The City of La Quinta Should Televise Its Council Meetings and Public Events
According to a recent editorial in The Desert Sun, La Quinta is “the only city in the valley” that does not televise its city council meetings.
Many concerned citizens believe that La Quinta needs to improve public access to its council meetings because its citizens have a right to participate in local affairs, and be informed before decisions are made on their behalf by elected officials.
The overwhelming majority of La Quinta’s council meetings are scheduled in the afternoon, which seems odd for any city, particularly one who prides itself on an open door policy at city hall.
As it stands, many of the folks who regularly attend La Quinta’s council meetings are either retired or work for the city. That may not come as a surprise to your readers, but there is a big down side.
Some of La Quinta’s residents are unable to attend these weekday meetings because they are either at work or in school when meetings are scheduled, which results in limiting participation on matters of concern to the greater community.
If there’s an item on La Quinta’s meeting agenda that concerns you or your family, you may not be able to have your voice heard at city hall, unless your boss approves time off. If you work hourly, time off may come out of your pocket.
But that’s not all, residents who are elderly or have travel restrictions must rely on local media for news “after the fact,” which puts them and others at a disadvantage when it comes to participating in La Quinta’s domestic affairs.
There are other La Quinta residents who cannot attend council meetings for personal reasons. If they want their voices heard, they have to wait until our city posts its meeting agenda, which does not afford them ample time to send in their comments to the city council.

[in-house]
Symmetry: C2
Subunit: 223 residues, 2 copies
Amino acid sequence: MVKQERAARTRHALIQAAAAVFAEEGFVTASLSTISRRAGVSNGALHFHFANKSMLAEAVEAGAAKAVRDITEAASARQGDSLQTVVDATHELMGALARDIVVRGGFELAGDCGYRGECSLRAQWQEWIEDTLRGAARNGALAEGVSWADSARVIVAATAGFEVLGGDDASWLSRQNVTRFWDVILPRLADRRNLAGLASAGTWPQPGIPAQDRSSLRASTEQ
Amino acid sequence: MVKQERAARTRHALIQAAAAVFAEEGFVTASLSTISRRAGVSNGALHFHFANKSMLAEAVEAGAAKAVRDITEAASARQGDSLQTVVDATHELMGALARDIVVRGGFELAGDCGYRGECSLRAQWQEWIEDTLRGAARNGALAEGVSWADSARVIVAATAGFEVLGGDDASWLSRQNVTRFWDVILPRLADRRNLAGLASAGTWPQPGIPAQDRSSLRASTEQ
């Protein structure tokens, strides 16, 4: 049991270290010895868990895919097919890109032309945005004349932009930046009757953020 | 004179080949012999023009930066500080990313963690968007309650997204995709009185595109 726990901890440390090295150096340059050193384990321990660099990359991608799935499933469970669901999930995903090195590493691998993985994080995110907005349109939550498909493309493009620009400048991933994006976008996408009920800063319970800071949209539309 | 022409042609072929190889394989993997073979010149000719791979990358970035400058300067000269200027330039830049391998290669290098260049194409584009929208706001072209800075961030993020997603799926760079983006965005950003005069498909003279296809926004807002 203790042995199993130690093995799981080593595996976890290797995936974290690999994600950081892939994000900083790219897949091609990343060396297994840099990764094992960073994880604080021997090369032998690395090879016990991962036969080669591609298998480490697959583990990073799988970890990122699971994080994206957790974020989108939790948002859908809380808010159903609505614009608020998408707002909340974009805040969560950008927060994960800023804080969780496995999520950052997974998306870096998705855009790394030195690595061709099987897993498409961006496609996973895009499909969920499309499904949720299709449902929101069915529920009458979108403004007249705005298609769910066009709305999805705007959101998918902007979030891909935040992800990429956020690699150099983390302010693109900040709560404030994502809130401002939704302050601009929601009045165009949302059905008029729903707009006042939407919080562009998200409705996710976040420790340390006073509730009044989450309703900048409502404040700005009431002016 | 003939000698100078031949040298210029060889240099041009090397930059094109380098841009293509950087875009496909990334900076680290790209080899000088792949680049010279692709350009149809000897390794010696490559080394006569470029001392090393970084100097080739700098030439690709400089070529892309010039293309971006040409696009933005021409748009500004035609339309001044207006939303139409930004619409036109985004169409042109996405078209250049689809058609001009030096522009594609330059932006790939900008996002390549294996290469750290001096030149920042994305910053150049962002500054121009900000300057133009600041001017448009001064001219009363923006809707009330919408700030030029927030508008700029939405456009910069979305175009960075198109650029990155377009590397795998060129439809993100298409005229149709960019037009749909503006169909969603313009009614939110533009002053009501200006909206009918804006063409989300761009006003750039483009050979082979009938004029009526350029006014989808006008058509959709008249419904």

The Concerned Citizens of La Quinta believes that aside from televising its meetings in cooperation with Time Warner, the city could enhance its communications by placing a web cam along with a microphone in the council chambers, so local citizens could watch and hear what is going on behind closed doors. Our leaders also have the option to use Skype for video conferencing with constituents. Public meetings could be recorded for streaming at a later time, or posted on the city’s web site or YouTube.
There is no excuse why La Quinta does not televise its public meetings. In other California cities, cable companies underwrite costs to televise council meetings, which may be negotiated when a franchise agreement is up for review. A new contract with Time Warner should be a top priority for our city. Why has La Quinta waited several decades to cut a deal? Of course, there is nothing precluding Time Warner from stepping up and providing public access to La Quinta.
Unfortunately, televising city council meetings in La Quinta does not have the same priority to its current crop of elected officials as voting to make costly and unnecessary “cosmetic changes” to streets and crosswalks around “the village,” which benefits a handful of seasonal businesses and not the community at large.